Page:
395
Family used in a more enlarged sense as equivalent to descendants or next of kin
396
The true rule is to allow what is reasonable under all the circum
407
estate
408
The question always arises in such cases whether the executor takes beneficially
409
This rule often defeats the intention of the testator
410
In Pope v Whitcombe representation admitted General rule all take per capita H 33 The terms next or nearest will not vary the construction
411
The half blood take concurrently with the whole blood on a bequest to next of kin
412
The next of kin is sometimes applied to the tenant for life instead
418
Legacy to poor inhabitants defined
424
The word effects is more general in its operation than the others
425
Error apparent on face of will by way of miscalculation corrected
426
Bequest of ones share in an estate regarded as specific
457
time of giving
458
Chief Baron Kichardss definition of distinction between general and specific legacies
459
Civil Law definition adopted into English law
460
Balance of partnership settlement may be specifically bequeathed
461
Advantages and disadvantages of legacy being specific
462
into permanent fund
476
But this cannot be done unless consistent with expressed intent of the will
478
The precise change in the title or estate which will adeem the legacy
479
Formerly courts of equity required security of the tenant for life of goods for the protection of him entitled in remainder
480
Renewal of leaseholds treated as part of tho original estate
481
exonerate the residue
482
LAPSED LEGACIES 1 Definition of lapse whether before or after the death of testator
483
The same rule of construction is applied where the payment of a leg acy is postponed
484
survives
499
How far the devise of the legal estate vests the fee absolutely in the trustee
500
An estate will not lapse because an intervening estate upon which it depends lapses
501
By the present English statute such lapse operates for the benefit of
504
Illustration of the point by the case of Greenwood v Greenwood
510
Legacies not cjusdem generis or not payable in same event held
511
Locality in a bequest may be referred to as a limitation or as a mode
528
Pledging or mortgaging goods spccificially bequeathed will not adeem
532
Ademption of specific legacy will not revive general legacy for which
535
Lord Chancellor Cottenhams exposition of the rule as to standing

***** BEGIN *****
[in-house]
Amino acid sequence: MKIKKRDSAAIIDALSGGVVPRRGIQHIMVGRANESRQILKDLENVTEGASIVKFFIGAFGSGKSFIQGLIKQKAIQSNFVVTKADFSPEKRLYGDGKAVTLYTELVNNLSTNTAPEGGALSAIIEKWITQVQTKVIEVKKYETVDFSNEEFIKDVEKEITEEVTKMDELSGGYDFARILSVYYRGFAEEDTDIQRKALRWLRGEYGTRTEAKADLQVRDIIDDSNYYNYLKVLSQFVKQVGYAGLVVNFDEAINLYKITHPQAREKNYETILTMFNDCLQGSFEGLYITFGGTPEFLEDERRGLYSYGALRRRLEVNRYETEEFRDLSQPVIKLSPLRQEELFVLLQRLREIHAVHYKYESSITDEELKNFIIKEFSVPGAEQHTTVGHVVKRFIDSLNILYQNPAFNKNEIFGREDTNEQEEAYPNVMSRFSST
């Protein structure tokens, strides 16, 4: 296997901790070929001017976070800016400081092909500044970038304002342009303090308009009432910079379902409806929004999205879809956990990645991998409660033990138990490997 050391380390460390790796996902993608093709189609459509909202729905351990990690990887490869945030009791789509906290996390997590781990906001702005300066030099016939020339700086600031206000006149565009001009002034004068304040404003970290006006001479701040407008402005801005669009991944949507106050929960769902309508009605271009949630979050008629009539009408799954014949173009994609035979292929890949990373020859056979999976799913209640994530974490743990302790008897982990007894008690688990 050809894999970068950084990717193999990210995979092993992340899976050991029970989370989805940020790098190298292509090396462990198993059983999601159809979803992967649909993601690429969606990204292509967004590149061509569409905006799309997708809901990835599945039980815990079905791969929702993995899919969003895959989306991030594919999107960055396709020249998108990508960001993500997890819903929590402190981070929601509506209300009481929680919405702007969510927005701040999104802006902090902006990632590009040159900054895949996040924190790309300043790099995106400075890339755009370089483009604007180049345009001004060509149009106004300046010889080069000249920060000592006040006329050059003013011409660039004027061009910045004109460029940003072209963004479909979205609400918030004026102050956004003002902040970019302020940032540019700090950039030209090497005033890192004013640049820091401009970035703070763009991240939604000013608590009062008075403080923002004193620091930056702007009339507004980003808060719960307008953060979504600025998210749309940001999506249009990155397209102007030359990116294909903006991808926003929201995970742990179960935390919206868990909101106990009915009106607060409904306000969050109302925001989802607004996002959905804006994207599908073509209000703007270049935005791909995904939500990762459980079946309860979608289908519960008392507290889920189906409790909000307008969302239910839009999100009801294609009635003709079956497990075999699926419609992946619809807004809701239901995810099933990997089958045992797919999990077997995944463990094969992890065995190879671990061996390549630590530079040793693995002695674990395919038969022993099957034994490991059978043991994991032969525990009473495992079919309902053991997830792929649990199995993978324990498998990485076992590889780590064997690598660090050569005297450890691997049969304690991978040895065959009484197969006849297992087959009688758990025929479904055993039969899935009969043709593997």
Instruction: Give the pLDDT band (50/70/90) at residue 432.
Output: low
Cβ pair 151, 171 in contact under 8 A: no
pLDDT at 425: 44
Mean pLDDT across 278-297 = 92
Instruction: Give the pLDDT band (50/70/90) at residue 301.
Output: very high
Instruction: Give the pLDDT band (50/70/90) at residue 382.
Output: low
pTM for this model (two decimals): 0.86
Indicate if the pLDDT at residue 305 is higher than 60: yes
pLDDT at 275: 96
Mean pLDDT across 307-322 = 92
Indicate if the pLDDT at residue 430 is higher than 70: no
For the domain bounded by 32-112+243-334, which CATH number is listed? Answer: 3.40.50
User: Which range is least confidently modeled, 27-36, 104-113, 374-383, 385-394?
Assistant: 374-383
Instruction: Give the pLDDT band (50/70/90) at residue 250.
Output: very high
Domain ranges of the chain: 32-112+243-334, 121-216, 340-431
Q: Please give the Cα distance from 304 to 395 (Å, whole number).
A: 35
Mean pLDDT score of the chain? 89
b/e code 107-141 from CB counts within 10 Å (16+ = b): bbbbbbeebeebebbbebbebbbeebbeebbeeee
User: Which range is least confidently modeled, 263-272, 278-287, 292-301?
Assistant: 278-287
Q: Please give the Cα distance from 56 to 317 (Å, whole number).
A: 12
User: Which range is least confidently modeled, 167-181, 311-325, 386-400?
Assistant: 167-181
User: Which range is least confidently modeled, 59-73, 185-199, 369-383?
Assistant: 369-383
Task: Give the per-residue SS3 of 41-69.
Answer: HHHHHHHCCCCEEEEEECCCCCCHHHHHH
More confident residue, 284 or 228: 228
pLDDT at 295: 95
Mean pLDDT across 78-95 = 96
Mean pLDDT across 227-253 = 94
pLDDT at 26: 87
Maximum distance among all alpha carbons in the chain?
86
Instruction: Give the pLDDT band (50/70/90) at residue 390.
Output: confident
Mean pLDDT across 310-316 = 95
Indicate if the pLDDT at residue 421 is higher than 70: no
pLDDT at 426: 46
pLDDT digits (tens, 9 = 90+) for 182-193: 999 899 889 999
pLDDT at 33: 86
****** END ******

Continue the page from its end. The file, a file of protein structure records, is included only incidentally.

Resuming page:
544
Instances where apparent considerations not held sufficient
547
claim take precedence 551
551
1
555
What will amount to a valid assent is generally matter of fact
560
But courts of equity will require the husband to secure the support
579
SECTION XX
585
SECTION XVIII
590
SS ViceChancellor Stewarts opinion in favor of immediate vesting 611
591
Where a vested estate is clearly given it will not be cut down by vague
616
But any provision in regard to a single member of the class will
622
The leading case in Massachusetts is Furness p Fox Courts favor
629
The same is true in the State of New Hampshire Late cases stated
637
The law against perpetuities applies to personal estates in succession
643
text
650
void
657
An executory devise may take effect in futuro without an intermediate estate
658
An executory devise over cannot be limited upon absolute devise to the first taker
659
The American cases mantain the same distinctions All the particulars to be performed
660
The American cases hold any restraint upon the use or alienation of
661
dent and subsequent
665
Devises in fee incumbered by conditions against alienation or use of the estate
666
Bequests of personalty affected the same as those of realty by conditions against use or alienation
667
Eminent writers and jndges question whether the refinements on this
671
Exposition of the doctrine of in terrorem conditions by Lord Cran
677
legacy further discussed
686
Sometimes an enumeration of particulars following the words may limit
687
natural force
694
The same rule prevails in Massachusetts
700
The American cases upon both parts of this chapter presented together 716
701
eration it will defeat the estate over 734
702
In Ohio tho devise of the plantation on which I now live will carry
734
The same general presumption prevails where testator has only
736
The widow may claim her share in undisposed of personalty while
753
This class of cases seems to turn n good deal upon the question of vest
759
The courts still resort to this construction to carry out the clear intent
762
Uses solely for benefit of donor or for specific purpose where void
766
Construction of the bequest in regard to the extent of the word orphan and of the limits of the city of Philadelphia 827
768
Subjects embraced in that statute
774
Devise to dissenting ministers good for life but devise over not char
780
Lands devised to charity do not vest the heir may recover at law
786
control
827